Snipes said his constitutional rights were violated because he should have been impaneled where the crime allegedly occurred. The actor wanted his 2008 tax trial to be held in New York City, where he lived, but the charges were brought in Florida, where he held a driver’s license, according to Fox News.
Whoever says the rich suffer less than the rest of us hasn’t seen the most recent Internal Revenue Service audit numbers. In recent years, the agency has ramped up its scrutiny of wealthy taxpayers – especially those earning more than $500,000 annually, according to a Wall Street Journal story by Laura Saunders, who writes the Tax Report.
Accountants and tax preparers say the heightened analysis is significantly different from the audit practices of the previous decade. While the percentage of taxpayers who were audited increased in every income category in 2010, there was much more scrutiny of the very rich. More than 18% of those with adjusted gross incomes of at least $10 million were audited in 2010, up from 10.6 in fiscal 2009. About 11.5% of those earning $5 million to $10 million were audited in fiscal 2010 compared to about 7.5% a year earlier. In contrast, fewer than 2% of those earning between $200,000 and $500,000 and less than 1% for those earning $100,000 to $200,000 got the extra attention.
It’s easy to slip up on a tax return. An honest mistake could cost you a penalty; an intentional violation of the law is another matter. That could send you to prison.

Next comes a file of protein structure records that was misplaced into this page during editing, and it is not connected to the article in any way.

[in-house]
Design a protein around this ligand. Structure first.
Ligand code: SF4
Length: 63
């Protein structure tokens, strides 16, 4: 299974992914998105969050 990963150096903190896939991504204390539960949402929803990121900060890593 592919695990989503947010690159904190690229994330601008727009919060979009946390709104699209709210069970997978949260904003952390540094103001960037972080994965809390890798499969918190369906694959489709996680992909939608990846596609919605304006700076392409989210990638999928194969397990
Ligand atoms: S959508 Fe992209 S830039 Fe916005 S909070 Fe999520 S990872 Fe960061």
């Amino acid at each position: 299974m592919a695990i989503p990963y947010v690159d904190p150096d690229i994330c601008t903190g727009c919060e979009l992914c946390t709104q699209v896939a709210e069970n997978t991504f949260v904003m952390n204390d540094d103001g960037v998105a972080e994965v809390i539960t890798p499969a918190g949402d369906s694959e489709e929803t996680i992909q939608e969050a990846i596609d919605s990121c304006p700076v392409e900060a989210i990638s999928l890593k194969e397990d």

And when the government seeks jail time for tax cheats, it gets it nearly 90% of the time. Most people got into trouble because they failed to report income from a cash business, property sales or foreign earnings. Many also intentionally claimed wrong deductions.
The best way to avoid trouble – besides not engaging in fraud - is to keep track of cash receipts and employers. That way you can prove your case if you’re audited. And ignorance isn’t a defense. For example, someone who doesn’t get a Form 1099 from an employer still has to report the income that would have been on it.
Right now, the IRS is paying close attention to Americans with money in Swiss and other foreign bank accounts. The tax authority is looking over many of these cases with a fine-tooth comb because of the heightened attention to the issue of offshore tax evasion. But generally, in cases like these, common sense has come into play in the past. A person who reported a lot of income in the U.S. but failed to report on a small foreign account would not have been at risk criminally.
A consultant providing services to Wall Street firms recently came to George M. Clarke, a partner at law firm Miller Chevalier in Washington, D.C. Clarke, worried about not having reported $60,000 of income after a customer didn’t send a 1099. The IRS, says Clarke, will want to know if the misstep is the only one he made and what kind of accounting system he uses. This kind of situation is common and not likely to lead to jail.
By contrast, Robert E. McKenzie, an attorney in the Chicago law firm Arnstein & Lehr LLP, recently helped two clients plead guilty to skimming money from their plumbing business to the tune of more than $100,000 a year. Each of the men will spend ten months in jail. They had been cashing some checks at a local check cashing store where the IRS had a sting operation set up.
The trial of filmmaker Wendy Weiner Runge has all the flair of a Hollywood drama: a tax scandal in the millions of dollars, the silver screen, the toppling of a pyramid of insiders. But the venue—Des Moines, Iowa—is about as far from Tinseltown a film can get.